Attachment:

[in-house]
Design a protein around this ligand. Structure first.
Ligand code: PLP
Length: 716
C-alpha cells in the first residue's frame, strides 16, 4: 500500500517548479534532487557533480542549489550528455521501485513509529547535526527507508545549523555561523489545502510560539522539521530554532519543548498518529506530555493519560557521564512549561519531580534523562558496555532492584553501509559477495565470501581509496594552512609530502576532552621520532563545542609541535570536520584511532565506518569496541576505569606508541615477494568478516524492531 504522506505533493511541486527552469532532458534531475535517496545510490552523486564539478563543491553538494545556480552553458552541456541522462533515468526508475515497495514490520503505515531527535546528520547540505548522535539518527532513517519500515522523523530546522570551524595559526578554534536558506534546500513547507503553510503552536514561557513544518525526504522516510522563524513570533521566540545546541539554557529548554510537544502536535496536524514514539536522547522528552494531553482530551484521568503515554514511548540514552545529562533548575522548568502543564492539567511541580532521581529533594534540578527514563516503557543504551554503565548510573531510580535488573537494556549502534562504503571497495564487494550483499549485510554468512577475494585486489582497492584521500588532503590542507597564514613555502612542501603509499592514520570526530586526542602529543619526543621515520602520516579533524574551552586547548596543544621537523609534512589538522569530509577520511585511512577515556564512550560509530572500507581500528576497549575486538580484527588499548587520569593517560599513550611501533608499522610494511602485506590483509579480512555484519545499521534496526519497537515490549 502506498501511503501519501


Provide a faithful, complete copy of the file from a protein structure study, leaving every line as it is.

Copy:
[in-house]
Design a protein around this ligand. Structure first.
Ligand code: PLP
Length: 716
C-alpha cells in the first residue's frame, strides 16, 4: 500500500517548479534532487557533480542549489550528455521501485513509529547535526527507508545549523555561523489545502510560539522539521530554532519543548498518529506530555493519560557521564512549561519531580534523562558496555532492584553501509559477495565470501581509496594552512609530502576532552621520532563545542609541535570536520584511532565506518569496541576505569606508541615477494568478516524492531 504522506505533493511541486527552469532532458534531475535517496545510490552523486564539478563543491553538494545556480552553458552541456541522462533515468526508475515497495514490520503505515531527535546528520547540505548522535539518527532513517519500515522523523530546522570551524595559526578554534536558506534546500513547507503553510503552536514561557513544518525526504522516510522563524513570533521566540545546541539554557529548554510537544502536535496536524514514539536522547522528552494531553482530551484521568503515554514511548540514552545529562533548575522548568502543564492539567511541580532521581529533594534540578527514563516503557543504551554503565548510573531510580535488573537494556549502534562504503571497495564487494550483499549485510554468512577475494585486489582497492584521500588532503590542507597564514613555502612542501603509499592514520570526530586526542602529543619526543621515520602520516579533524574551552586547548596543544621537523609534512589538522569530509577520511585511512577515556564512550560509530572500507581500528576497549575486538580484527588499548587520569593517560599513550611501533608499522610494511602485506590483509579480512555484519545499521534496526519497537515490549 502506498501511503501519501